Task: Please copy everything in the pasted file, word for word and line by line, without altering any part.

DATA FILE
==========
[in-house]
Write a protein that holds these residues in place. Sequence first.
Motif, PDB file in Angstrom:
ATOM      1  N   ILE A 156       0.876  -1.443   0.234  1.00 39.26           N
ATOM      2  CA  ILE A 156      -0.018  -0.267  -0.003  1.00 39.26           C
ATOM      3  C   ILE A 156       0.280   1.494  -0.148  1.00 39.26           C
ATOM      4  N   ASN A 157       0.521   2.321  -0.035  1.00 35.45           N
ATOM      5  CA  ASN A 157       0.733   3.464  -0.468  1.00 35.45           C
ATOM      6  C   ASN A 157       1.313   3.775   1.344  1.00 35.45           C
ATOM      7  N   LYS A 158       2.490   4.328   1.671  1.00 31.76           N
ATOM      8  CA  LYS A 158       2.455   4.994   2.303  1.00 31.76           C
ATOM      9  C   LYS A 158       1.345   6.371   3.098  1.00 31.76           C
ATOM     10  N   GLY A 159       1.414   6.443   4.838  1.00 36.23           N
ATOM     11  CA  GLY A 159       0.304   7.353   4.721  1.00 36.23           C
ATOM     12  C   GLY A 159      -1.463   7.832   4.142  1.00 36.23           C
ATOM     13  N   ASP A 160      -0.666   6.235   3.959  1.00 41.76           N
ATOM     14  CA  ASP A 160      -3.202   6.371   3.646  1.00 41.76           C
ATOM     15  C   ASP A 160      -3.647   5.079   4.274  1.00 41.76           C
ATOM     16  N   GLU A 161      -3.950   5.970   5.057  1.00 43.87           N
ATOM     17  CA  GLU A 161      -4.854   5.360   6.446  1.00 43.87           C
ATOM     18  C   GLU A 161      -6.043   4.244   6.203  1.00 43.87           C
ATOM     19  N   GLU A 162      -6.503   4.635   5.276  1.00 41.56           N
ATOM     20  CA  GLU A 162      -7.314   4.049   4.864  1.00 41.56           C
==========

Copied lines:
[in-house]
Write a protein that holds these residues in place. Sequence first.
Motif, PDB file in Angstrom:
ATOM      1  N   ILE A 156       0.876  -1.443   0.234  1.00 39.26           N
ATOM      2  CA  ILE A 156      -0.018  -0.267  -0.003  1.00 39.26           C
ATOM      3  C   ILE A 156       0.280   1.494  -0.148  1.00 39.26           C
ATOM      4  N   ASN A 157       0.521   2.321  -0.035  1.00 35.45           N
ATOM      5  CA  ASN A 157       0.733   3.464  -0.468  1.00 35.45           C
ATOM      6  C   ASN A 157       1.313   3.775   1.344  1.00 35.45           C
ATOM      7  N   LYS A 158       2.490   4.328   1.671  1.00 31.76           N
ATOM      8  CA  LYS A 158       2.455   4.994   2.303  1.00 31.76           C
ATOM      9  C   LYS A 158       1.345   6.371   3.098  1.00 31.76           C
ATOM     10  N   GLY A 159       1.414   6.443   4.838  1.00 36.23           N
ATOM     11  CA  GLY A 159       0.304   7.353   4.721  1.00 36.23           C
ATOM     12  C   GLY A 159      -1.463   7.832   4.142  1.00 36.23           C
ATOM     13  N   ASP A 160      -0.666   6.235   3.959  1.00 41.76           N
ATOM     14  CA  ASP A 160      -3.202   6.371   3.646  1.00 41.76           C
ATOM     15  C   ASP A 160      -3.647   5.079   4.274  1.00 41.76           C
ATOM     16  N   GLU A 161      -3.950   5.970   5.057  1.00 43.87           N
ATOM     17  CA  GLU A 161      -4.854   5.360   6.446  1.00 43.87           C
ATOM     18  C   GLU A 161      -6.043   4.244   6.203  1.00 43.87           C
ATOM     19  N   GLU A 162      -6.503   4.635   5.276  1.00 41.56           N
ATOM     20  CA  GLU A 162      -7.314   4.049   4.864  1.00 41.56           C